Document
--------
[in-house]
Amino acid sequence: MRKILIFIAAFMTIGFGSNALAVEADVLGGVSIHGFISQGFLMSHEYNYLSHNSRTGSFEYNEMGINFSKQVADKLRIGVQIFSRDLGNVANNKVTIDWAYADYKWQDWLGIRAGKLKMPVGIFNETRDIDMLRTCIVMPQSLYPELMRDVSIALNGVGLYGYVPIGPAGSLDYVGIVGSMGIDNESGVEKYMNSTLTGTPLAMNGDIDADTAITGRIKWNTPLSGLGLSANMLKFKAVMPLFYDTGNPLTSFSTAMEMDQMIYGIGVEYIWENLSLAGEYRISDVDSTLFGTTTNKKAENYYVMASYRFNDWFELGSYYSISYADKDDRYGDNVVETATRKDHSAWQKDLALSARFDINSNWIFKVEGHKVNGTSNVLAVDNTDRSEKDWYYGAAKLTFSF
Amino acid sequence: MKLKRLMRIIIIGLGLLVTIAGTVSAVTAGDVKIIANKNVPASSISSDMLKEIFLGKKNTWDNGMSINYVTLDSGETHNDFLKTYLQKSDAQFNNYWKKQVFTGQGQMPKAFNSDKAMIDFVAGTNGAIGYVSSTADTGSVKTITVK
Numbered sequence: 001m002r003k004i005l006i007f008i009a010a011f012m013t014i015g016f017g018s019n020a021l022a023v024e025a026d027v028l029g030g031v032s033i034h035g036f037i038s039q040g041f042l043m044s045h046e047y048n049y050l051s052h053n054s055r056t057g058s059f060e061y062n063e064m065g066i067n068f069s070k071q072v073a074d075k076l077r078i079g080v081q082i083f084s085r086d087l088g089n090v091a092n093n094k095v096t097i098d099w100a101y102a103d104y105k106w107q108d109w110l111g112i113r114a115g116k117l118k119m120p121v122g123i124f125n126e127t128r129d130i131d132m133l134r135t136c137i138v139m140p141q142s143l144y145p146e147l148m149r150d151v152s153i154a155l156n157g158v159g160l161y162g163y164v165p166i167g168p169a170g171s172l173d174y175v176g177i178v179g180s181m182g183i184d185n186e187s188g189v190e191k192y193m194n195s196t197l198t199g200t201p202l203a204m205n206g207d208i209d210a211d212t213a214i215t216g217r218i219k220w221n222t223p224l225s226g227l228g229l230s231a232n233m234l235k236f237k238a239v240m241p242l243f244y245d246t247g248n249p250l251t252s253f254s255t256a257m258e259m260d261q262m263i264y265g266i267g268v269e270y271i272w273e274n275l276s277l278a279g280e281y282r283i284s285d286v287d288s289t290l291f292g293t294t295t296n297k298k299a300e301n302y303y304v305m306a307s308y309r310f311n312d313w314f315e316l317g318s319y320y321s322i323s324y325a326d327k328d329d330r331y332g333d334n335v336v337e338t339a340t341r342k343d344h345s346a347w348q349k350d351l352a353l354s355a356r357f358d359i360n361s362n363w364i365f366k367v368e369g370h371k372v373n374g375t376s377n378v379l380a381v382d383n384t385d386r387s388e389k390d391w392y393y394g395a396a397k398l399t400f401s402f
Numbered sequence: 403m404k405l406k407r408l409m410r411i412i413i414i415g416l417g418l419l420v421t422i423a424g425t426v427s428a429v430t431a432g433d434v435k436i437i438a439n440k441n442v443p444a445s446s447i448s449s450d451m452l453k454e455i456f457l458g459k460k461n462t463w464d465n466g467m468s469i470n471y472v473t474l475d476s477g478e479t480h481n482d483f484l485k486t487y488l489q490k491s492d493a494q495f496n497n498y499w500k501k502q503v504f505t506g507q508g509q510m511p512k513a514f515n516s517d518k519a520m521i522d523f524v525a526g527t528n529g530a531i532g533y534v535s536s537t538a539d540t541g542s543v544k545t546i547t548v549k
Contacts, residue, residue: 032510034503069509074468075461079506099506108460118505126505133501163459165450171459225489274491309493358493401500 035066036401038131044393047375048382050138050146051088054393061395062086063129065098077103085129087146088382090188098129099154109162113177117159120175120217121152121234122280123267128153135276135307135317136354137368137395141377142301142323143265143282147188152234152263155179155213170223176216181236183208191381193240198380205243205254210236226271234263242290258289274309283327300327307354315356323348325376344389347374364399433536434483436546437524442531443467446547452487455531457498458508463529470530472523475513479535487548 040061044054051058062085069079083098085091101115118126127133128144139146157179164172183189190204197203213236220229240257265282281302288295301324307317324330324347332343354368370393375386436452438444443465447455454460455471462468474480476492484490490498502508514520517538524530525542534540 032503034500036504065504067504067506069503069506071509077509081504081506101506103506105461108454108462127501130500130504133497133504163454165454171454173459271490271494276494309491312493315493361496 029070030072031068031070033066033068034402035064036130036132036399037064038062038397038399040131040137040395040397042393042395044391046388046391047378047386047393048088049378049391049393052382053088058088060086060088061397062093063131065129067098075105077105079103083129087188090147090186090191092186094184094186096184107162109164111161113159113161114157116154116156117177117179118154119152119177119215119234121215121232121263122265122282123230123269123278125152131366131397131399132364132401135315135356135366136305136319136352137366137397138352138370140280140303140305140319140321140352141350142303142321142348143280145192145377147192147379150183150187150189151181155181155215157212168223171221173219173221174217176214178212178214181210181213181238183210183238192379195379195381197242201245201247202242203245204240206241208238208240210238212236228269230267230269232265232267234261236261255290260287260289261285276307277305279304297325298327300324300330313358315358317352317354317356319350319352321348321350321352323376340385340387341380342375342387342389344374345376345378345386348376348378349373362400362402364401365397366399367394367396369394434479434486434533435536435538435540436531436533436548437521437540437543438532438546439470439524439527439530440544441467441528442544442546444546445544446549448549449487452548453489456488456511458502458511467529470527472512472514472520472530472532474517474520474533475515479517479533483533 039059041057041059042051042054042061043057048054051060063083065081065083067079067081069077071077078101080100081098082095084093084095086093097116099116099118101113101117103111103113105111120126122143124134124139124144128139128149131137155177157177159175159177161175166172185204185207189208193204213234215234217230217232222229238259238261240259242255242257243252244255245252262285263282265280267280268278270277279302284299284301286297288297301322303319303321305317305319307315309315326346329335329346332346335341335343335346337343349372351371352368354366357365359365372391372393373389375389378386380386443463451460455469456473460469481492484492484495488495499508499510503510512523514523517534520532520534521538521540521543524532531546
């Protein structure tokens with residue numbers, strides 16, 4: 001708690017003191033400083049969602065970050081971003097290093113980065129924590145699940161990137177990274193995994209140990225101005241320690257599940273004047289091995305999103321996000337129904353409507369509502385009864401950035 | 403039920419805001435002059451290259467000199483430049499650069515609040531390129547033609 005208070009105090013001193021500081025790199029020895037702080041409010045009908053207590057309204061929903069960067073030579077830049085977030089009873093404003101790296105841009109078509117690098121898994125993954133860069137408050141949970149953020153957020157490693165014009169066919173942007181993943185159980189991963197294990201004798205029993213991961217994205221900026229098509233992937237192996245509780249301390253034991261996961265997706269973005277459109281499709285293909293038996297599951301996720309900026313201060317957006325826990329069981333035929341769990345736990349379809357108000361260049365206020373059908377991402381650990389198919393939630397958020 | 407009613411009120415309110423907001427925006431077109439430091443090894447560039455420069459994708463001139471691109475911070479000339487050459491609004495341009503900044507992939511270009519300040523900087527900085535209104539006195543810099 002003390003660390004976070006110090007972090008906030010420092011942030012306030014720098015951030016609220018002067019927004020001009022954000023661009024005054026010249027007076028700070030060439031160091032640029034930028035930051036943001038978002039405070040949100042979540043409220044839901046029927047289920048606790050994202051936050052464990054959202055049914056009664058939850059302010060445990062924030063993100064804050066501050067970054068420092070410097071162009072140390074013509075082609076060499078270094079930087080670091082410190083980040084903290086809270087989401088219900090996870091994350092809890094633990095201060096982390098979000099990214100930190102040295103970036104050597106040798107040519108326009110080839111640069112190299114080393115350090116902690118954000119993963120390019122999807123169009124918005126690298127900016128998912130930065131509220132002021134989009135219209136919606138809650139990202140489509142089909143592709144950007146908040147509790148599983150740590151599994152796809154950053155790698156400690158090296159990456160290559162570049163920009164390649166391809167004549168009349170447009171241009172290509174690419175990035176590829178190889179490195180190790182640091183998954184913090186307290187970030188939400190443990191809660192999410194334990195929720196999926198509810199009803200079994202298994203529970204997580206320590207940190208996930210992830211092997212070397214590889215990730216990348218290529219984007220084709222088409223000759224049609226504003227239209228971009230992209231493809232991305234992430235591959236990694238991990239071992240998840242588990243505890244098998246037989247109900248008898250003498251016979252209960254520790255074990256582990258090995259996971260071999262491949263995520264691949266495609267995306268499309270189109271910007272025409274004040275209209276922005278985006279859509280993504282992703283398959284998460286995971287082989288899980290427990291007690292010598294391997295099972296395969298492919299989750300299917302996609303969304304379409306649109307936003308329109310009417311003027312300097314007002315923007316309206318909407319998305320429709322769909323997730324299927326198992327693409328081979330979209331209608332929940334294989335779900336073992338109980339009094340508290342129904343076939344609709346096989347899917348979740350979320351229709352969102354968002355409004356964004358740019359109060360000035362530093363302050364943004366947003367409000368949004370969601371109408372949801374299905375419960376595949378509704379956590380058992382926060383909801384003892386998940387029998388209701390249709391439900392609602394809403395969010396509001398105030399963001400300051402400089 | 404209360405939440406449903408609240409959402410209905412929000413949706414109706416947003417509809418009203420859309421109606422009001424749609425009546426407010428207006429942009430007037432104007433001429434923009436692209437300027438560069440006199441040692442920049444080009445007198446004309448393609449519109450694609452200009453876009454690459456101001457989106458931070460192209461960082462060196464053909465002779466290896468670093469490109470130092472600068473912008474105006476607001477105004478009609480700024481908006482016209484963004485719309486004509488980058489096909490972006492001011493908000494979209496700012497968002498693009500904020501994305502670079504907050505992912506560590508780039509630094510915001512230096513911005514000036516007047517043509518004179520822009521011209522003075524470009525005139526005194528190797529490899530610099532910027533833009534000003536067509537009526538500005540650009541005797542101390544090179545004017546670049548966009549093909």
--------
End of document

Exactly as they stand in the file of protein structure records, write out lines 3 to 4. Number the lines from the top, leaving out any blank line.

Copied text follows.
Amino acid sequence: MKLKRLMRIIIIGLGLLVTIAGTVSAVTAGDVKIIANKNVPASSISSDMLKEIFLGKKNTWDNGMSINYVTLDSGETHNDFLKTYLQKSDAQFNNYWKKQVFTGQGQMPKAFNSDKAMIDFVAGTNGAIGYVSSTADTGSVKTITVK
Numbered sequence: 001m002r003k004i005l006i007f008i009a010a011f012m013t014i015g016f017g018s019n020a021l022a023v024e025a026d027v028l029g030g031v032s033i034h035g036f037i038s039q040g041f042l043m044s045h046e047y048n049y050l051s052h053n054s055r056t057g058s059f060e061y062n063e064m065g066i067n068f069s070k071q072v073a074d075k076l077r078i079g080v081q082i083f084s085r086d087l088g089n090v091a092n093n094k095v096t097i098d099w100a101y102a103d104y105k106w107q108d109w110l111g112i113r114a115g116k117l118k119m120p121v122g123i124f125n126e127t128r129d130i131d132m133l134r135t136c137i138v139m140p141q142s143l144y145p146e147l148m149r150d151v152s153i154a155l156n157g158v159g160l161y162g163y164v165p166i167g168p169a170g171s172l173d174y175v176g177i178v179g180s181m182g183i184d185n186e187s188g189v190e191k192y193m194n195s196t197l198t199g200t201p202l203a204m205n206g207d208i209d210a211d212t213a214i215t216g217r218i219k220w221n222t223p224l225s226g227l228g229l230s231a232n233m234l235k236f237k238a239v240m241p242l243f244y245d246t247g248n249p250l251t252s253f254s255t256a257m258e259m260d261q262m263i264y265g266i267g268v269e270y271i272w273e274n275l276s277l278a279g280e281y282r283i284s285d286v287d288s289t290l291f292g293t294t295t296n297k298k299a300e301n302y303y304v305m306a307s308y309r310f311n312d313w314f315e316l317g318s319y320y321s322i323s324y325a326d327k328d329d330r331y332g333d334n335v336v337e338t339a340t341r342k343d344h345s346a347w348q349k350d351l352a353l354s355a356r357f358d359i360n361s362n363w364i365f366k367v368e369g370h371k372v373n374g375t376s377n378v379l380a381v382d383n384t385d386r387s388e389k390d391w392y393y394g395a396a397k398l399t400f401s402f